For weeks they hear nothing, and Maddie just mopes around the house and doesn’t do anything. One night she finds herself walking on the beach after dark, even though it’s strictly forbidden, just for something to do with herself. She goes again a couple more times, and then one night she gets caught. By a couple of men wearing all black, who tell her they’re the Coast Guard, and say if she tells anyone her parents will be very sad. And the next day when she’s sitting on the porch a dark car drives by the house very slowly with a man inside, staring at her. Maddie is freaking out, thinking she’s in trouble, and creepy people keep turning up—a guy in a fedora comes by the house and gawks at it, and a different tall, thin man comes by the house walking a dog, and says to Maddie that it’s a nice night to be out enjoying the air and not IN PRISON.

Maddie does not tell anyone about this because she’s petrified, even if as an adult every bone in your body is saying TELL SOMEONE, CHILD. But she doesn’t, until a truck runs her off the road on her bicycle when she decides she has to tell Johnny. Why???? Why not tell YOUR MOTHER or AN AUTHORITY FIGURE, not your little boyfriend? (13-year-olds.) Johnny agrees that she’s right to be freaked out, but that it might be German saboteurs! While scrabbling around on the beach looking for evidence, they find A PACK OF GERMAN CIGARETTES and a bunch of clothing includes hats with swastikas on them and a bunch of glass tubes and powder! They totally panic (in fairness, I’m 27 years old and I would freak right out if I found evidence of sabotage basically in my backyard).

Maddie decides to tell Theo, who very matter-of-factly tells her to just call the freaking FBI already. Maddie has the wind taken out of her sails at this, but calls the FBI from a pay phone and tells them everything. And just a couple of days after that, Maddie’s mom gets a letter from her dad—he’s in hospital in Hawaii, recovering from burns, having a nurse write for him. They all go insane with joy, write him a zillion letters and send him packages, and then Johnny comes by with the paper and there’s a headline about NAZI SABOTEURS DISCOVERED IN LONG ISLAND. When Maddie reads the part where an “anonymous tipster” led the FBI to the Nazi hideout, she faints. The news comes out in the papers and Maddie and Johnny commiserate about how weird it feels to not be able to tell anyone that they’ve Changed The Course Of History.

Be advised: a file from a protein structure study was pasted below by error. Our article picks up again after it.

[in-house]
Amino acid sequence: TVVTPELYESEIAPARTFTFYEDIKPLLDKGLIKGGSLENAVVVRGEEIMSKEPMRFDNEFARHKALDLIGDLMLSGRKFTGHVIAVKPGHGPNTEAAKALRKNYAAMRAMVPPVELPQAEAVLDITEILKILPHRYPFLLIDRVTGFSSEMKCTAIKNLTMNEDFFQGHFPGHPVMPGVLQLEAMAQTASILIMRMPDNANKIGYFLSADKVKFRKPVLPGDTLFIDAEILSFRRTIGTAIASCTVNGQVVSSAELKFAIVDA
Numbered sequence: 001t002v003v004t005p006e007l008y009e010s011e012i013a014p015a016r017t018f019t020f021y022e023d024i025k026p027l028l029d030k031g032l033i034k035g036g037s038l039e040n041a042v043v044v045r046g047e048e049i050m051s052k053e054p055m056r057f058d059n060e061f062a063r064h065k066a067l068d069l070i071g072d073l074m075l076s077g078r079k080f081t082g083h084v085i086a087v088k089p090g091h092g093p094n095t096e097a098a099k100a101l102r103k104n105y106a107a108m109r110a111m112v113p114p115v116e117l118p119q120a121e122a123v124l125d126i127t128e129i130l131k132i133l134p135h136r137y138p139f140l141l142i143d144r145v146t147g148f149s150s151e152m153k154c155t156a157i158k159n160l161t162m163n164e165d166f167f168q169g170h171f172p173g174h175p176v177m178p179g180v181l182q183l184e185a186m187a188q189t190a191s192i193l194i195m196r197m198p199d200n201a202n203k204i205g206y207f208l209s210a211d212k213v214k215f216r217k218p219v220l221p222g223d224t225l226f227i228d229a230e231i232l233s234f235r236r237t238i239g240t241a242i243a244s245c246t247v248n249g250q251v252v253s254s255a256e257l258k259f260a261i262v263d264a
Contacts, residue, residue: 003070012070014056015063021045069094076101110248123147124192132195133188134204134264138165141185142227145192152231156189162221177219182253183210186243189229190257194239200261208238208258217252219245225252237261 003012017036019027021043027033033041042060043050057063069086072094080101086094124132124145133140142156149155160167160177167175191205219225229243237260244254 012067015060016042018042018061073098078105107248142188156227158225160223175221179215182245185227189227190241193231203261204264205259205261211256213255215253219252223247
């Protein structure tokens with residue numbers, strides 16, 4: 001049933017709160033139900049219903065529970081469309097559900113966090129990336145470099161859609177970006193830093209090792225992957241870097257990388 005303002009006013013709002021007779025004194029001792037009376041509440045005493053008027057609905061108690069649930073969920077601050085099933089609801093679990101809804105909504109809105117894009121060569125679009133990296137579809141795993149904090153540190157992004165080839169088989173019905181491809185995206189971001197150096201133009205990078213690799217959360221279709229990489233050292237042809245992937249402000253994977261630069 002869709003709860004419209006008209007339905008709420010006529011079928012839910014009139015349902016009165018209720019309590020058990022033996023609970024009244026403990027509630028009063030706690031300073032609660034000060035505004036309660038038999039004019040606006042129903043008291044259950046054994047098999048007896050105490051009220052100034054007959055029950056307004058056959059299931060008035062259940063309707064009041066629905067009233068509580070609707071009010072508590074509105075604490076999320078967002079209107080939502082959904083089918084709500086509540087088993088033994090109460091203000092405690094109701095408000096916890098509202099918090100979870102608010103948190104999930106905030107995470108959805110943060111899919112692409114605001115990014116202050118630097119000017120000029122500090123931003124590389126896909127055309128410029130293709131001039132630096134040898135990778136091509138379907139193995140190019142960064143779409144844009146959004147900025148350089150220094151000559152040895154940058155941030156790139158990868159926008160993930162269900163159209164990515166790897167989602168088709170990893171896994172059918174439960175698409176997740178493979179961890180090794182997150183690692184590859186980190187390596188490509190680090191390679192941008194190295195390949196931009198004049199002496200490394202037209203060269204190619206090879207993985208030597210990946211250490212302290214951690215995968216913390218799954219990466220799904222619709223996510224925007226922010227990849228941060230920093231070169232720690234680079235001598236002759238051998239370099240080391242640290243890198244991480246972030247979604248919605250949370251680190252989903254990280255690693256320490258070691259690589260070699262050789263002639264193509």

They finally hear from Maddie’s dad again, who is recovering slowly from his burns, but he’s being sent to San Francisco to recover fully, and Maddie and her mom are going to join him there. So they pack everything up and get ready to leave within a couple of days—Maddie cries at the thought of leaving the other boarders and Johnny, but they’re off again that weekend.

In the epilogue, we learn that Theo and Clara get married, and Maddie and Johnny get married after college and move to Washington, D.C.

Rating: C+.  This book irks me. It just does. For starters, as I mentioned before it bothers me that it has basically the same plot as the other WWII book, but with a slightly more sympathetic protagonist. Maddie is realistic to a fault which is great, but irritating, because 13-year-olds can be pretty irritating human beings. It’s cheesy (“jeepers!”) and swings back and forth between cheese and nice bits of prose about how terrifying war can be. But a few nice phrases can’t resurrect it for me totally.


4 thoughts on “My Secret War

  1. I feel like this is the first book you’ve reviewed that didn’t end with “the supporting characters had a trillion kids; the protagonist DIED ALONE.”


  2. My main takeaway from this is that my goal as a teacher is to be like Clara.

    “I get how you feel,” says Clara. “My experience with those feelings was actually super traumatic and history-shaking, and I do want to gently and subtly remind you that the events we’re discussing in your life aren’t quite so pervasive as those affecting some people you may one day have an opportunity to help, but I do get that you’re having some legitimate drama and depression, and girlfriend, I feel ya. Let me pitch in some wingman services with that boy and see if it helps.”


    • I love this so much. Clara is (as many supporting characters) a more interesting character in her own right than the protagonist, but she’s a great foil for kids who are learning that their lives maybe aren’t so heartbreakingly awful as they may seem.